At first glance, Daw Ja Ring’s hands are unremarkable. Yet these hands have ushered into the world hundreds of the babies born in Shwe Gyin village, Kachin State, in the last twenty-five years. Daw Ja Ring is Shwe Gyin village’s trained birth attendant, a role she undertook when she was just 18 years old. Now, at 43, she has lost count of the exact number of births she has attended but estimates that it must be at least 300.
Holding court in her modest wooden house perched on stilts at the edge of the village, DawJa Ring is surrounded by mothers and babies whose births she has attended in the preceding months. She exudes kindness and gentle authority – a person used to helping others and confident in her own skills and status.
“I am proud of the work I have done here,” she says. “When I walk down the street, mothers tell their children that I helped bring them into the world. That is a good feeling.” Daw Ja Ring’s role as a village birth attendant is a common one in a country where at least 75% of births continue to take place in the home. The reality for the great majority of mothers-to-be in Myanmar is that health facility-based births continue to remain out of reach.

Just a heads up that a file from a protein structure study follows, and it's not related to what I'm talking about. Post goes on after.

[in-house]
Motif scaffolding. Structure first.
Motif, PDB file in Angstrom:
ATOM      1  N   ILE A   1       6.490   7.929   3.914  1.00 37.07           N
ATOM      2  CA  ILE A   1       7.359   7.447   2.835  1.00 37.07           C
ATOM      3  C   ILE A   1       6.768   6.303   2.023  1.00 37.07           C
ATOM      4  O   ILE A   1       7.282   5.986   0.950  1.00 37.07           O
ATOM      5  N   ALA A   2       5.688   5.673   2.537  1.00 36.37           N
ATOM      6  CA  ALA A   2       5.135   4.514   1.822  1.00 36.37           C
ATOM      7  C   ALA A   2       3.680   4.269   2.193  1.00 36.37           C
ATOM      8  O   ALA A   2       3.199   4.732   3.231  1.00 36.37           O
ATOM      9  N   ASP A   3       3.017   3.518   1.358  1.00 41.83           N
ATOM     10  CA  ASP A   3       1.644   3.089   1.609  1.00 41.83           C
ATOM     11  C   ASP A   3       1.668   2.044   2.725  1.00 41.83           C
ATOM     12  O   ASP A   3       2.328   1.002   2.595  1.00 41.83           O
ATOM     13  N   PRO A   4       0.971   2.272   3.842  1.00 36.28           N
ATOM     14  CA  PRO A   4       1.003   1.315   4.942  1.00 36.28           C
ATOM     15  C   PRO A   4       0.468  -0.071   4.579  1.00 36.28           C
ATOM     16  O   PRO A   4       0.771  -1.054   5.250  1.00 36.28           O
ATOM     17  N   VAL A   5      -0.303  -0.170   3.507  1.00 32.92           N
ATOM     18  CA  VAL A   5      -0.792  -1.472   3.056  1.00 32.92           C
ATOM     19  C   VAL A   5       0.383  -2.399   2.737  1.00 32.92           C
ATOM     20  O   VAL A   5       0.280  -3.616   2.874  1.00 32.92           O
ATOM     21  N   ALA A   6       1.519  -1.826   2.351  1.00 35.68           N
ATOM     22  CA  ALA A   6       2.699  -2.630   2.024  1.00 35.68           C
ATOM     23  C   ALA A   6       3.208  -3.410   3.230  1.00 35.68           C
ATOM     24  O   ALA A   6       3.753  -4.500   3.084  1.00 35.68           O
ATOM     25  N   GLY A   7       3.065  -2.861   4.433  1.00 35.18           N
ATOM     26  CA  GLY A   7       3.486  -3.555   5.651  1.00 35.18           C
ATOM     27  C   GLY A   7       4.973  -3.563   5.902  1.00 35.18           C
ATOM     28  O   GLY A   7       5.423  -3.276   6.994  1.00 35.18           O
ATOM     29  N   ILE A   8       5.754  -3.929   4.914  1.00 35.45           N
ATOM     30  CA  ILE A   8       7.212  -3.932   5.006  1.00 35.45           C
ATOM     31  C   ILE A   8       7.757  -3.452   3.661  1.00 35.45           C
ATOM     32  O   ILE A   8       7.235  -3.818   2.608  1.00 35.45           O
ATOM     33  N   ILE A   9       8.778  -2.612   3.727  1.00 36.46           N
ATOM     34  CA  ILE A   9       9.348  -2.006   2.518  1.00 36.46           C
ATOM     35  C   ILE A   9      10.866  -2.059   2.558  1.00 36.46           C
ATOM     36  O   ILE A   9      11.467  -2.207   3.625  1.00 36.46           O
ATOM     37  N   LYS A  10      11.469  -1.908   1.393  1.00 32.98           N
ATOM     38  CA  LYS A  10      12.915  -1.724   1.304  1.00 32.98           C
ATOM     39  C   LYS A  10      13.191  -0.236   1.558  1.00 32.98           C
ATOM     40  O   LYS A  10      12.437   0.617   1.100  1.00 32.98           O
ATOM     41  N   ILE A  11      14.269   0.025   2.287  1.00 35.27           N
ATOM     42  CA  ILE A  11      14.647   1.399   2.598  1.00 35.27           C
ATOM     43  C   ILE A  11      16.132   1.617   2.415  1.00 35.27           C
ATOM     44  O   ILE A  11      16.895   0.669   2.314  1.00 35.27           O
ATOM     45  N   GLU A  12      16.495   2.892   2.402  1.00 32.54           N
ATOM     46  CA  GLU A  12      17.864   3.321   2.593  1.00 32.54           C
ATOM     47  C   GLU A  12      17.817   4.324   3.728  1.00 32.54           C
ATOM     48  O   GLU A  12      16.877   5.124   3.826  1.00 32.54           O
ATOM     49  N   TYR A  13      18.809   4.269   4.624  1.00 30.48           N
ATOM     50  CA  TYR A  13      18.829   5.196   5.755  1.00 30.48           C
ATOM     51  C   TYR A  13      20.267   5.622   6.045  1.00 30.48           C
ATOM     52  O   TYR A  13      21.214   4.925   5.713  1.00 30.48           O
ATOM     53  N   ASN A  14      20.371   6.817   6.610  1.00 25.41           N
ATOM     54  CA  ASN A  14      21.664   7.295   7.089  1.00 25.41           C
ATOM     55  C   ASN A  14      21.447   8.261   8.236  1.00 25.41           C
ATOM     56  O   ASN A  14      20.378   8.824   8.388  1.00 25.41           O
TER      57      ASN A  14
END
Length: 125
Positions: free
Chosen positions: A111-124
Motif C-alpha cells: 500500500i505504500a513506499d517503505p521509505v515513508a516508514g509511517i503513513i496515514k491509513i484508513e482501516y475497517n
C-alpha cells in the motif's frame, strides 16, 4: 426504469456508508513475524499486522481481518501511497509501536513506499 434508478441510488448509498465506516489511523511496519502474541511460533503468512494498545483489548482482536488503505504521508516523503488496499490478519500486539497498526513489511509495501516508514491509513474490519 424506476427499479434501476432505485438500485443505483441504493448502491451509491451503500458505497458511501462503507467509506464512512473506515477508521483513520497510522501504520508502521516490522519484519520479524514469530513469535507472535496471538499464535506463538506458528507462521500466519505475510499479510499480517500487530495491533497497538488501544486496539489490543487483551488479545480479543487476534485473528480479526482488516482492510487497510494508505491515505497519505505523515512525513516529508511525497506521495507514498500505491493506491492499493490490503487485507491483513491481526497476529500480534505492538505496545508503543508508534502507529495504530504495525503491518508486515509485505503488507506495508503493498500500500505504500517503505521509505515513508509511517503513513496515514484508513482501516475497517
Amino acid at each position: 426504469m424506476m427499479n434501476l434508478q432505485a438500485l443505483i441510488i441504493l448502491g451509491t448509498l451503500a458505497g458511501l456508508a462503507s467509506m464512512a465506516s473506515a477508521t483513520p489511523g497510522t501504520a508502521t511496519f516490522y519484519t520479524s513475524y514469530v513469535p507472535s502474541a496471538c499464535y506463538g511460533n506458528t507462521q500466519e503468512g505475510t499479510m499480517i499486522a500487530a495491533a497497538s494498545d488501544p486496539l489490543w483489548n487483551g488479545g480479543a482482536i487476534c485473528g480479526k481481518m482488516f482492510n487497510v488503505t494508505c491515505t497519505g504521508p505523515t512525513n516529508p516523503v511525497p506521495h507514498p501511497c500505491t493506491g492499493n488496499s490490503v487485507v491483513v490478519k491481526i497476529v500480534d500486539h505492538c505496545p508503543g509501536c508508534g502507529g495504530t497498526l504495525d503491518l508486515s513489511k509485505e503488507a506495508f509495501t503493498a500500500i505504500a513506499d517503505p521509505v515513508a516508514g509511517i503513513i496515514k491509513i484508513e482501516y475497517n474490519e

In 1992, at the age of 18, Daw Ja Ring was called to her first birth. She wasn’t nervous because she had just completed a short training with the Myanmar Red Cross and thought she was fully prepared.
When she arrived at the house, she discovered that the baby was in the breach position and her confidence evaporated. With the mother in the late stages of labor, and without referral options available, Daw Ja Ring had to do what she could. The baby’s hand emerged and she pushed it back in. A short time later, the baby’s foot appeared and she was able to bring the baby out carefully and safely. Both mother and baby came through the ordeal in full health but it was a tough start for Shwe Gyin village’s new birth attendant.
Trained and equipped with the support of Community Partners International (CPI), Daw Ja Ring uses Clean Delivery Kits for the births that she attends. The kits contain essential items that help keep the mother and baby free from infection during the birth. These include sterile gloves, soap, a sterile plastic sheet and swaddling cloth, and a sterile blade to cut the umbilical cord.
With her established status and reputation in the community, Daw Ja Ring’s home has become an unofficial community clinic, with village residents coming to her with many different health needs. She is happy to help when she can.
CPI has trained and equipped village-based birth attendants across Myanmar for almost two decades. Trusted by mothers, embedded in their communities, and an affordable and accessible option for families for whom facility-based care has traditionally been out of reach, Daw Ja Ring and her colleagues are a crucial link in the chain of health.
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